William Lane: It's not only about intergenerational trauma, but intergenerational healing. And if the reader can find poetry and beauty in the actual writing, then how the material is treated becomes the message. In my stories the focus is not so much on a message, as on an aesthetic.
Question: What research did you do, prior to writing Past Life?
William Lane: Not much, it really is drawn from life experience – most of the novel is set in the suburbs of Sydney, which is where I grew up. Sometimes I would find myself searching online, 'Was there a Woolworths in Parramatta in the 1950s?' or 'Did the girls high school in Parramatta have sandstone gates?' – things like that! For the scenes set in Europe during the war, I drew on histories and biographies I have read over time, but mostly so as not to make some faux pas.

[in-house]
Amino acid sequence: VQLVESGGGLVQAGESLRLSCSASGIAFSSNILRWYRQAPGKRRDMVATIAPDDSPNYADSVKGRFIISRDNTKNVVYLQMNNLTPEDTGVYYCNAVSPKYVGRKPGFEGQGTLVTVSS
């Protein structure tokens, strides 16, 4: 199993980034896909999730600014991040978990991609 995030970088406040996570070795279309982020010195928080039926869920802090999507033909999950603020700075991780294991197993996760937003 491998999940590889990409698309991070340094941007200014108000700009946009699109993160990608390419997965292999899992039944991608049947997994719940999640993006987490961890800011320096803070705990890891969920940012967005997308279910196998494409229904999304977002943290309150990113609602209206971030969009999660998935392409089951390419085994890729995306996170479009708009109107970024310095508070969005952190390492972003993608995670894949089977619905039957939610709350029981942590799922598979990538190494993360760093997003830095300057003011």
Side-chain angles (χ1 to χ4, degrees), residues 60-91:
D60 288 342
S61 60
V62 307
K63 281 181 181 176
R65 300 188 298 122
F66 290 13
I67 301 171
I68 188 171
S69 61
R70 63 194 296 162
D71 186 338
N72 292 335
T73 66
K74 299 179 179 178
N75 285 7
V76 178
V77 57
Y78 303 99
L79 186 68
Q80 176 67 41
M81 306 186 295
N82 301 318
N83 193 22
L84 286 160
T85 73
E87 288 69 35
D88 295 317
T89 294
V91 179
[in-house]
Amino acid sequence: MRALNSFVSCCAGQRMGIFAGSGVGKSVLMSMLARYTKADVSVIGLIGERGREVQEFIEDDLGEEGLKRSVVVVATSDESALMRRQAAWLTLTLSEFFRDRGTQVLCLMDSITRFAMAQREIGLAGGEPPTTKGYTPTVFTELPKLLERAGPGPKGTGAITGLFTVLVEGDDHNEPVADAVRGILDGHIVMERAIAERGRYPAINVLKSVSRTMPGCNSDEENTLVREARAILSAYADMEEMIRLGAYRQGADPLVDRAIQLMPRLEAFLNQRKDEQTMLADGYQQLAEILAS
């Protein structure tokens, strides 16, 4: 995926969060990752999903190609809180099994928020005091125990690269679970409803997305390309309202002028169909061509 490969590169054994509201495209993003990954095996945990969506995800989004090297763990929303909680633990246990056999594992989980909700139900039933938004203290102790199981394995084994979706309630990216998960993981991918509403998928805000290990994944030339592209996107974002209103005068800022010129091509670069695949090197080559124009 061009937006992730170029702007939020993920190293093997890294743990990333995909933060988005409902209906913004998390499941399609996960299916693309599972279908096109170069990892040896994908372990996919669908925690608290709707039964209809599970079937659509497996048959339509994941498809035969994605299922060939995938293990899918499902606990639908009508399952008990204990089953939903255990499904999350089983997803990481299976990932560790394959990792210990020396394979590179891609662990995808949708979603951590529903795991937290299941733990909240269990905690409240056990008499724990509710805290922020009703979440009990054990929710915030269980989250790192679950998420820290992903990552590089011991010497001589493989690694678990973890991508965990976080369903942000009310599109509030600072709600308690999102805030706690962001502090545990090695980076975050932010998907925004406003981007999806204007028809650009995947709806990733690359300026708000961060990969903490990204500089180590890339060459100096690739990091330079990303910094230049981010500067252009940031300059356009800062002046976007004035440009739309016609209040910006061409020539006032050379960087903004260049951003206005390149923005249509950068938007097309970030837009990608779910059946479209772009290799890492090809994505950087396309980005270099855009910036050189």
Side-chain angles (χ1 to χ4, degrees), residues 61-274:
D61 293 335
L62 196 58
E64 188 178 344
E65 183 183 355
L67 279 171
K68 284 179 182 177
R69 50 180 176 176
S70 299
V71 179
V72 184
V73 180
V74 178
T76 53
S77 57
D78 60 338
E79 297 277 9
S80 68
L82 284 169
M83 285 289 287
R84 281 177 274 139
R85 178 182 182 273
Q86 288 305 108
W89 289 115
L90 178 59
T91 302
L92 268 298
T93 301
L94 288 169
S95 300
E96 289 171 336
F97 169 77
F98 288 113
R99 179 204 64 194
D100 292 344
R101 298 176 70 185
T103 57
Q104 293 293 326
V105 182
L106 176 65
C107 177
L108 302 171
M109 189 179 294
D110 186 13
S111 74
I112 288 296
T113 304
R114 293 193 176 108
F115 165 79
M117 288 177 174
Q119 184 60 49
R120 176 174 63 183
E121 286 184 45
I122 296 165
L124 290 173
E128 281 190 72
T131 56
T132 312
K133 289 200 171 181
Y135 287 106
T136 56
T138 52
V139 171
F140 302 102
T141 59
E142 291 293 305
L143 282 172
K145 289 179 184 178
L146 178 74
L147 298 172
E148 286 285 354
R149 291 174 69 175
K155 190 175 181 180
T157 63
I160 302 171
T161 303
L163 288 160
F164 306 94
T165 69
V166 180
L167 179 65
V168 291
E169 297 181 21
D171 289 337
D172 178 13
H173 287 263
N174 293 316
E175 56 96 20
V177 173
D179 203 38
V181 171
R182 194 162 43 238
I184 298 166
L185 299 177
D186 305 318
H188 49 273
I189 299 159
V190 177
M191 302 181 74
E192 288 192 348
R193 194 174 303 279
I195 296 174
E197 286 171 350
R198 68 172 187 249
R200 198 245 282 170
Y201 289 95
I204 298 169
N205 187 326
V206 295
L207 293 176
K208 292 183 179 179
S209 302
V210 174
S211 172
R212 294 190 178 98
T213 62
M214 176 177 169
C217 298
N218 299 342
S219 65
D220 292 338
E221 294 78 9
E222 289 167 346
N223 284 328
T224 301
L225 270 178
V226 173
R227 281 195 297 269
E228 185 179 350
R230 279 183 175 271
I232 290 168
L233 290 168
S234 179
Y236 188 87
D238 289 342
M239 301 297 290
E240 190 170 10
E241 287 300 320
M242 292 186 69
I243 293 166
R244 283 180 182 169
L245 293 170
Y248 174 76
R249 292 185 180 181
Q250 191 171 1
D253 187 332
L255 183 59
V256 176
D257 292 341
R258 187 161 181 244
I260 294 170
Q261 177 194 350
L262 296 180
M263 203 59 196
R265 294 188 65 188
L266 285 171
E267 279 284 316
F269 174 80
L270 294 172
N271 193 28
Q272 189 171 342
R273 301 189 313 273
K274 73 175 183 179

Question: What advice do you have for aspiring writers or artists?
William Lane: I know it's a cliché, but time really is your best friend.
Question: What or who inspired your love of reading/writing?
William Lane: I have never forgotten the magic of suddenly being able to decipher words, and have been a keen reader ever since. Libraries have always been a retreat for me – I was the kid who sat and read in the library at lunch. I relished writing stories as a child, and have one of my first, a very feisty piece from Year Three that describes my siblings, neighbours and pets, most of them dismissed as 'pests'.
Question: What's next, for you?